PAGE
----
Beider recommends always starting with a thorough intake process to observe a client’s gait, posture, or any obvious leaning to one side, and always keeping communication with the client the top priority. “I connected deeply with clients by asking questions about their condition like, ‘How does this affect you, if at all?’ and, ‘how does it feel today?’ knowing that sometimes with chronic pain, we get flair ups and bad days, and other times it’s well-managed. I also made sure to check in and ask, ‘What would you like to focus on during today’s session?’ knowing that sometimes clients have other things going on,” explains Beider.
Another treatment method Beider has seen make a positive impact on clients is the use of trigger point therapy. When she works with her physical therapy referral clients for neck and back pain from whiplash injuries, office-related issues like wrist pain or nerve symptoms from carpal tunnel syndrome, tension and stiffness from too much screen time, and stress related tension headaches, Beider notes how effective trigger point is during a session. “The dentist near us also sent many TMJ patients, who’d been grinding and clenching their teeth in their sleep, causing the telltale trigger point pattern of issues in the sternocleidomastoid (SCM) muscles, pterygoid, masseter, and temporalis,” she explains. “In my work, after properly warming up a client, I use a lot of very slow and patient trigger point therapy, I find that it’s helpful in treating musculoskeletal pain.”
Leading the Way for Other Massage Therapists
After a complicated pregnancy and COVID-19 temporarily sidelining her massage practice, Beider spends more time now managing her team of massage therapists and PRESS studio managers than practicing massage, though that doesn’t mean her roots aren’t still in creating meaningful connections with people who can benefit from massage therapy.
“Over the years, I’ve found that I made many more genuine connections with people when I was forthcoming about my own challenges with scoliosis, anxiety, depression, my experience going through pregnancy loss, and my difficulties with chronic pain,” she explains. “We live in a time where people really seek out authenticity, and while it can be scary to put yourself out there, your ‘mess’ is your ‘message’ and your struggles will make you a lot more relatable to others.”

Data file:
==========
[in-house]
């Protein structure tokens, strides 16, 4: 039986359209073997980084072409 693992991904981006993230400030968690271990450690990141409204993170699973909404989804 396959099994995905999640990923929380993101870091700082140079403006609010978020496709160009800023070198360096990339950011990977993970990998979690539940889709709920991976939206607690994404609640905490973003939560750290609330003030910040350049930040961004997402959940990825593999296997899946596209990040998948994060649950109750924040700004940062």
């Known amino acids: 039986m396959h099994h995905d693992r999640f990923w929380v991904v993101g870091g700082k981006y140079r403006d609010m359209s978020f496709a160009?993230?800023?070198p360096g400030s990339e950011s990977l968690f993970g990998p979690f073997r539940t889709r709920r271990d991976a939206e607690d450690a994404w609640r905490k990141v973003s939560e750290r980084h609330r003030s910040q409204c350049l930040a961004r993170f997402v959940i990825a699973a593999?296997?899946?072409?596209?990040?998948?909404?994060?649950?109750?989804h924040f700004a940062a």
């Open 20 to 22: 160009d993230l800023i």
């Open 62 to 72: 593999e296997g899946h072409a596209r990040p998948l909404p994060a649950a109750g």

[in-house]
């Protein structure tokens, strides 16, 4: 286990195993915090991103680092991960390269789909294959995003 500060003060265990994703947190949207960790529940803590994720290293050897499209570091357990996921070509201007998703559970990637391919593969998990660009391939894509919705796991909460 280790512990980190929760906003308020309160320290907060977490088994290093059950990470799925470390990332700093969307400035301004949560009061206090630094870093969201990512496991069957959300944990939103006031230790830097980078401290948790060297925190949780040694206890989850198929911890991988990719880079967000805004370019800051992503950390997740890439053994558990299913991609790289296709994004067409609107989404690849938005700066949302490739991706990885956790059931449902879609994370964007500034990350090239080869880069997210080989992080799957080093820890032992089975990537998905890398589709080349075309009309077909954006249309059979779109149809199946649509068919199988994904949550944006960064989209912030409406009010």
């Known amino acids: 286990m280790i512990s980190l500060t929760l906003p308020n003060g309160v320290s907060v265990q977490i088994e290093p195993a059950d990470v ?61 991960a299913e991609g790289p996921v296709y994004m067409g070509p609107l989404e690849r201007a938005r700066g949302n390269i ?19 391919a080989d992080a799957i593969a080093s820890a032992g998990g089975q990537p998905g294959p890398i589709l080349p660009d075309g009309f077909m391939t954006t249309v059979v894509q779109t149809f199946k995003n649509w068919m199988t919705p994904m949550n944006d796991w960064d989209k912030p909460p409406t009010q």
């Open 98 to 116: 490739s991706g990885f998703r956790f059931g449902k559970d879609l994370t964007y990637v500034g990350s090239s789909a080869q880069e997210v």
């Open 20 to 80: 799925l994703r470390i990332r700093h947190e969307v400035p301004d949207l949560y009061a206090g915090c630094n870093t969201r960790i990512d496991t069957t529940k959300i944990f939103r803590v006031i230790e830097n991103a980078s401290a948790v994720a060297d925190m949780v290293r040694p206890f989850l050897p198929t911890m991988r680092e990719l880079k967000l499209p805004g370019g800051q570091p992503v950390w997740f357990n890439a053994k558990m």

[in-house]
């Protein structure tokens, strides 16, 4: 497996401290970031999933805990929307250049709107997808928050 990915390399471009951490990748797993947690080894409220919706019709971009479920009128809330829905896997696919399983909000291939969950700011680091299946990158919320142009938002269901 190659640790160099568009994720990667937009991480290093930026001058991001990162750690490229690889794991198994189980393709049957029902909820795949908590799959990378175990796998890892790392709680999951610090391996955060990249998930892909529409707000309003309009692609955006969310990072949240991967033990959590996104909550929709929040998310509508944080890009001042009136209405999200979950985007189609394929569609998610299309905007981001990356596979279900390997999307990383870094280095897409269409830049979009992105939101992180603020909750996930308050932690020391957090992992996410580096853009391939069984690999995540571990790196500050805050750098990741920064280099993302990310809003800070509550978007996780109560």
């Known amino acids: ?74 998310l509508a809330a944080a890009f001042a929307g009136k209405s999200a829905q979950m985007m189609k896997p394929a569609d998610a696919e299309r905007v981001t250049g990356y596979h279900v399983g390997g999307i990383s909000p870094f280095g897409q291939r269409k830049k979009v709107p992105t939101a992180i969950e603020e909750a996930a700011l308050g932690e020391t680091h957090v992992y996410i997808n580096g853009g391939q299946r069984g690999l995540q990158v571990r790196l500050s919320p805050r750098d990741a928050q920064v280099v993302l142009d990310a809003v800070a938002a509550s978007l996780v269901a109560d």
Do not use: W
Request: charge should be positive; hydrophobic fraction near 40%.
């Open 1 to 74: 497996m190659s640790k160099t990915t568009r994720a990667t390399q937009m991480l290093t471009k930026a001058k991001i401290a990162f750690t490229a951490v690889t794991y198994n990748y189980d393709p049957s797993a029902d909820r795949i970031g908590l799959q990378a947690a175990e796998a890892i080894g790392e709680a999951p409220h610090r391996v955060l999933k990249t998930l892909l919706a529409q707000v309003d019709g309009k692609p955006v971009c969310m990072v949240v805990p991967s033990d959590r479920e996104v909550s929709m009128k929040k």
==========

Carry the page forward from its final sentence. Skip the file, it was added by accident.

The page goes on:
This same sentiment is clear in the business mission she shares with the massage therapists who work with her. “I want every interaction to exude warmth,” Beider says. “From the first time our clients call the studios, to when they are greeted for their appointment, to their massage session, post-session treatment plan, all the way through check-out, each interaction leaves them with the warm, cozy feeling of being held, seen, and respected.”
Giving back to her employees some of what she’s found so rewarding is part of Beider’s business model, too. “I decided years ago that supporting entrepreneurship in my own employees was also highly important,” she says. “I offer them the ability to do free trades with their peers at work, and to even rent our space by the hour to see their own private clients so that they can feel the pride of ownership of having their own practice, too.”
Beider’s passion for the massage therapy profession and education keeps growing, too, through her love of writing. She recently published her second book, Massage MBA: Run Your Practice, Love Your Life, detailing her experiences as a solo practitioner, giving advice to massage therapists who want to start a business on their own, and how to tackle life’s many challenges with grace and patience. “When life throws me a challenge, I often ask myself, ‘Why is this happening for me?’ as opposed to, ‘Why is this happening to me?’’’ explains Beider. “I like to think of challenges as the universe on my side, calling me to grow.”
For more information on PRESS Modern Massage, visit their website.